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Direct Response Marketing

Field Reports

1 Nov, 2008 By: Thomas Haire, Jacqueline Renfrow Response


Hyundai Buys Oscar Ad Space Abandoned by GM

LOS ANGELES — Hyundai Motor America has purchased the ad spots left by General Motors Corp. (GM) in next February's Academy Awards broadcast, reports AdAge.com. It is unclear which models Hyundai will feature in its recently purchased ad spots, but analysts believe it will be the Genesis, which debuted in a TV and mobile direct response campaign during last February's Super Bowl XLII (Response, September 2008).

GM, the country's largest automaker, skipped this year's Emmy's and will pass on next year's Oscars and Super Bowl due to flailing auto sales. For the past 11 years, GM spent about $13.5 million in ads for the Oscars, or 10 percent of ABC's estimated $130 million annual awards billing. Also in the past, GM had paid Walt Disney's ABC to be the telecast's only automotive sponsor.



This news comes on the heels of the report that GM will move its regional dealer media accounts for all eight of its vehicle brands from Starcom Mediavest Group to Publicis Groupe sibling Martin Retail Group and Interpublic Group of Cos.' Velocity (an affiliate of Campbell-Ewald). The move was made in order to cut marketing costs. Martin Retail already handles Buick-Pontiac-GMC's regional dealer creative account and Velocity has most of Chevrolet's regional dealer ad group business.

Excluding SUVs and trucks, Hyundai sales are up 8.8 percent for the year, and the company has gone from owning 2.9 percent of the U.S. car market last year to 3.1 percent this year, according to Automotive News data. That increase did not coincide with ad spending — in fact, marketing budgets fell from $107 million spent from January to June 2007, to $82 million during the same months in 2008.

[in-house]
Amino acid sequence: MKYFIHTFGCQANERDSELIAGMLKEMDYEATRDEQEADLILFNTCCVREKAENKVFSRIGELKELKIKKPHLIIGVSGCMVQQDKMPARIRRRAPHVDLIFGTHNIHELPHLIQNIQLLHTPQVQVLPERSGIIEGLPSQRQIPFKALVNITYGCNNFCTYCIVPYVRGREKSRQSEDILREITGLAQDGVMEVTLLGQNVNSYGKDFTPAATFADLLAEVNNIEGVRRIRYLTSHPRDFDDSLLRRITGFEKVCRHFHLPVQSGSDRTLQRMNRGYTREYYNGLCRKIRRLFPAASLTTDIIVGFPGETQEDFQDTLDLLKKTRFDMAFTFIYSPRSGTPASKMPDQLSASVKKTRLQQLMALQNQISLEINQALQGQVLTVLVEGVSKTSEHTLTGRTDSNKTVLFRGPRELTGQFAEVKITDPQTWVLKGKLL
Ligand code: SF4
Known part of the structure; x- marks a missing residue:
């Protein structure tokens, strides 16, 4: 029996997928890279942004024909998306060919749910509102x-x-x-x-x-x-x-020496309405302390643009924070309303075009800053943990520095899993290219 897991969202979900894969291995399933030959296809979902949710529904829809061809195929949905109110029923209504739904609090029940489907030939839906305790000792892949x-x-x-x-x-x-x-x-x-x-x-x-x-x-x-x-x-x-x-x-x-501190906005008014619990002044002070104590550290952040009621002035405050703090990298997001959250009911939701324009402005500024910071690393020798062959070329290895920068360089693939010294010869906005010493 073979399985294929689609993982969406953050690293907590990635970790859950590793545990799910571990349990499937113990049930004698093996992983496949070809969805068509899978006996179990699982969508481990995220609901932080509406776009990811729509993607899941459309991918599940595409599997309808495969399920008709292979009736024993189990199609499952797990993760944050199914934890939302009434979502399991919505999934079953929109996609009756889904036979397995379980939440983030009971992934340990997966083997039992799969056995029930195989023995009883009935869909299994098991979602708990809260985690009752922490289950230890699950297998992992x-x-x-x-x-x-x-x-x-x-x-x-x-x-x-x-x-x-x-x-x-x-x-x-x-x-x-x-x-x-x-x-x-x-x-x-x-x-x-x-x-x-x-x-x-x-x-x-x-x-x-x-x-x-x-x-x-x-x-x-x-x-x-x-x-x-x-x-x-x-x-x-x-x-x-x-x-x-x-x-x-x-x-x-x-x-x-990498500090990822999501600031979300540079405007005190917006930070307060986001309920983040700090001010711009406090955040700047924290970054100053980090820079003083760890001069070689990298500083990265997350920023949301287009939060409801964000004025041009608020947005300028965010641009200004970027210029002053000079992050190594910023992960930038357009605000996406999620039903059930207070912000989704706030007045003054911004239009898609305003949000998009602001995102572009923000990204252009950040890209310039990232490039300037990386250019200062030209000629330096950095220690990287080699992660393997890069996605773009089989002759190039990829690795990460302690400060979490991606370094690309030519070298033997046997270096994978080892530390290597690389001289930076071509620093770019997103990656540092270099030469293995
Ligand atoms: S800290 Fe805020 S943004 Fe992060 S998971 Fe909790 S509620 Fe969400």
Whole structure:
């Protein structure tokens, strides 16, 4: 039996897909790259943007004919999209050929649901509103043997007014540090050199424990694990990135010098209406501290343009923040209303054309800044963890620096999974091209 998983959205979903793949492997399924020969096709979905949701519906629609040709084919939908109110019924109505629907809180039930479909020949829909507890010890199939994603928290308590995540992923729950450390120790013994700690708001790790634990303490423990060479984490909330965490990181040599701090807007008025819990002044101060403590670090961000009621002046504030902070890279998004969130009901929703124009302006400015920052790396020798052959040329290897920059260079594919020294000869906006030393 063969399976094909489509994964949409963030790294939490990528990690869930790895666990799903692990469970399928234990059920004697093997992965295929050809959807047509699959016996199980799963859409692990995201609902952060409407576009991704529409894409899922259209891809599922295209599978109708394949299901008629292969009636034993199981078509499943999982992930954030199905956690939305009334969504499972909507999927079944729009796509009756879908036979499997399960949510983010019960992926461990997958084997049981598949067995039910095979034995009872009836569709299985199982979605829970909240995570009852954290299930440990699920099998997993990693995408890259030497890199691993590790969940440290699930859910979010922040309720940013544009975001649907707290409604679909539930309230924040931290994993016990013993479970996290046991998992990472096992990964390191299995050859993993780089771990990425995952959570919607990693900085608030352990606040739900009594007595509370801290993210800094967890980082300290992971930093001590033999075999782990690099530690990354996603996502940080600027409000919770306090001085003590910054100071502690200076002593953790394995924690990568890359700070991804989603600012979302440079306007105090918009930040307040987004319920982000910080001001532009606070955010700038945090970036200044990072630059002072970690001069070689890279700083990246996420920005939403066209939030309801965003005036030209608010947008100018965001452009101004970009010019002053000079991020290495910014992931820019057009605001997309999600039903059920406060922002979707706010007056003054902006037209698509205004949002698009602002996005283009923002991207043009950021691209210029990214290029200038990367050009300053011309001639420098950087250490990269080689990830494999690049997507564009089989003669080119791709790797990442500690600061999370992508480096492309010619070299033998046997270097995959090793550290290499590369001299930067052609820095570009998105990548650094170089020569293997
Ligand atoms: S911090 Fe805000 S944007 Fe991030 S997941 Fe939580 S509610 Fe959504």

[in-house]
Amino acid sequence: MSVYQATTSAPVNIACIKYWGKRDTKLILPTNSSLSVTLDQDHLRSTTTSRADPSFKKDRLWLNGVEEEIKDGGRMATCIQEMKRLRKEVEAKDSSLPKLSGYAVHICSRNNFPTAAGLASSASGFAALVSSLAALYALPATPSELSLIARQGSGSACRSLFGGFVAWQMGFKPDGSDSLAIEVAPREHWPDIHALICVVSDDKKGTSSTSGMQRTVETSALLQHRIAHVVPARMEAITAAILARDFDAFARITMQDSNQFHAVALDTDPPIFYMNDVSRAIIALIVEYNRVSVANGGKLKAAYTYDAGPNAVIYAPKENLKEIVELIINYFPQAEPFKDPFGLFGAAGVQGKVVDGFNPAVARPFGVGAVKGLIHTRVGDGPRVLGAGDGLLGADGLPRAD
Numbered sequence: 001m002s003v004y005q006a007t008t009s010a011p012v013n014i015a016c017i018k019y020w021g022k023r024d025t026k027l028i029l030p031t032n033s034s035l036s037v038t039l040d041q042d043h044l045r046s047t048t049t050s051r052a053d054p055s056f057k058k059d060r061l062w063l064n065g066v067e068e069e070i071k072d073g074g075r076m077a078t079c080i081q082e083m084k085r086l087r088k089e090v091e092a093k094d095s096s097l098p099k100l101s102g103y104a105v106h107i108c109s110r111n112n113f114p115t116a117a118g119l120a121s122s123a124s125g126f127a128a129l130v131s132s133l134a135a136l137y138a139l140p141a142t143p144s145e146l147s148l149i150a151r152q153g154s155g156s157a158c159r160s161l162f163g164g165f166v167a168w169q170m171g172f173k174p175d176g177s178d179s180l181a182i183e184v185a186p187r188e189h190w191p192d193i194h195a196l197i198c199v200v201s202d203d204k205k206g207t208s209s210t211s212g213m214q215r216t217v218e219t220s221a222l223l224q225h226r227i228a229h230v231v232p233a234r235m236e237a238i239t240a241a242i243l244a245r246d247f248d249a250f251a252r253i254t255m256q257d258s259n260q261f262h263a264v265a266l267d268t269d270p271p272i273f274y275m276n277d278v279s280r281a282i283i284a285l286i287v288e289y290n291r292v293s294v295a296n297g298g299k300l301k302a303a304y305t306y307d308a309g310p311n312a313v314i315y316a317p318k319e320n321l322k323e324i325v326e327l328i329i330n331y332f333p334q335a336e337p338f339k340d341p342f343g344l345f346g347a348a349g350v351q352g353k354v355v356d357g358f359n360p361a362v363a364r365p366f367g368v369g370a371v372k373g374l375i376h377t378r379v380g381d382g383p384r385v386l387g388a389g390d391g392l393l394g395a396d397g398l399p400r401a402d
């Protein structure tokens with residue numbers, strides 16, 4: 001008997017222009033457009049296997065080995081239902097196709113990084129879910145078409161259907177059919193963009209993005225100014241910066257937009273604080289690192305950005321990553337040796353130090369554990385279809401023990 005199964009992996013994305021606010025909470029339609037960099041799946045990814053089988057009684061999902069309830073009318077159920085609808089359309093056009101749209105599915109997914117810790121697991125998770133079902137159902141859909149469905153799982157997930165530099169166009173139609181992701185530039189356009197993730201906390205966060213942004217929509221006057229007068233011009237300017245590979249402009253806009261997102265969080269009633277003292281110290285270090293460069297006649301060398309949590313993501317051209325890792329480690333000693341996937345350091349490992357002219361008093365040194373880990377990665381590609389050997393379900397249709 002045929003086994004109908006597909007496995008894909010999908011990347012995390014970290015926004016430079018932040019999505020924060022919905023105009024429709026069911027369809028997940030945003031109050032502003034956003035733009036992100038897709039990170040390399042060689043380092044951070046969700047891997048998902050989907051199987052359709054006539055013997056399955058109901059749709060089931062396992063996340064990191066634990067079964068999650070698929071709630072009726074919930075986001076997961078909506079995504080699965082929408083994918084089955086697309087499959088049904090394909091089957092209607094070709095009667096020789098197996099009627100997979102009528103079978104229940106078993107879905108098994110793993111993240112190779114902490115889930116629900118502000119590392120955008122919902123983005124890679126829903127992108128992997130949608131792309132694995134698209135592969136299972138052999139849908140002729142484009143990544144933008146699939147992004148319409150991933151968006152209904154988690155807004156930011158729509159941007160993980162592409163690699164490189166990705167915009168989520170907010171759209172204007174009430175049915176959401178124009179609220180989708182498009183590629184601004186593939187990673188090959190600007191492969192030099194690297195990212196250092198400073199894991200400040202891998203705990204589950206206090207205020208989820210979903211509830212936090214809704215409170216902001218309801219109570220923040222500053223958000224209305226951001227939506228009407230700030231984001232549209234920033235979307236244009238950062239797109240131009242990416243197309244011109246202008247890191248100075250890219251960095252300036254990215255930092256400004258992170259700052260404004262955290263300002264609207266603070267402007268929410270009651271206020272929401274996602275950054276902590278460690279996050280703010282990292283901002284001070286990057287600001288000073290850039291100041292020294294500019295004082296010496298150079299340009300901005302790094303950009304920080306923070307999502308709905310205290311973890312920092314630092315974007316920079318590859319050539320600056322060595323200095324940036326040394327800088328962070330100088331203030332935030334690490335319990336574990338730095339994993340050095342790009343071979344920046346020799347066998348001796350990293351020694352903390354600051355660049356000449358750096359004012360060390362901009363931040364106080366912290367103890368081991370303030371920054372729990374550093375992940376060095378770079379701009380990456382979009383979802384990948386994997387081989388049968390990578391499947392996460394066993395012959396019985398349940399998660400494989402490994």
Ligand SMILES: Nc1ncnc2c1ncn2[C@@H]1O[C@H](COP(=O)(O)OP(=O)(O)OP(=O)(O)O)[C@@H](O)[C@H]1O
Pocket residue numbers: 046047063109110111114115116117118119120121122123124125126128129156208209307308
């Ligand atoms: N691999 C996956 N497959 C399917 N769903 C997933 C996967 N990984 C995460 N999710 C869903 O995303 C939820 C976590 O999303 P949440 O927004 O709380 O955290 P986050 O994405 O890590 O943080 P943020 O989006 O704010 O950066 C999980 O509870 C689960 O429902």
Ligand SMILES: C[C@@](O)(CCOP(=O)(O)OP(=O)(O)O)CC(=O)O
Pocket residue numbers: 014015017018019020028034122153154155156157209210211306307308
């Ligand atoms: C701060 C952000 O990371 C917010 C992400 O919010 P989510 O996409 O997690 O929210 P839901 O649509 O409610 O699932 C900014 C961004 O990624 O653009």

Google's Successful Third Quarter Gets Help From TV Ads Platform

MOUNTAIN VIEW, Calif. — Google reported a successful third quarter, with earnings up 26 percent from Q3 2007 to $1.35 billion and revenue up 31 percent to $5.54 billion. The company also recently signed a contract with COREMedia Systems Inc. that will allow Google to integrate data from the Google TV Ads advertising platform into the CoreDirect system.



"We had a good third quarter with strong traffic and revenue growth across all of our major geographies thanks to the underlying strength of our core search and ads business," says Eric Schmidt, CEO of Google. "The measurability and ROI of search-based advertising remain key assets for Google."

Aggregate paid clicks — a metric that includes click-on paid search ads and contextual ads displayed on sites using AdSense — grew 18 percent in the third quarter, which Google attributes to more people hunting on the Web for better bargains in a recession. Google recently launched a build-your-own-display-ad tool to give easier access to advertisers. Newcomers to the platform include companies like COREMedia Systems Inc. and Harris Corp.

Data from Google TV Ads campaigns can now be downloaded directly into the CoreDirect media stewardship and analytics system. Within CoreDirect, each Google TV Ads airing is matched with response and sales data from client call centers and Web servers, alongside other media buys and results. And then clients can make real-time adjustments to their campaigns to maximize ROI.



"It is no surprise that our direct response clients are on the leading edge of evaluating new ways to buy and measure media," says Glenn DeKraker, CEO of COREMedia. "The results we've achieved from this project are a product of the collaborative efforts of our clients, the Google TV Ads team and our team here at CORE."

Keeping in mind the poor state of the global economy, Google plans to drive improvements to search and ads, while also investing in future ad platforms such as mobile and display.

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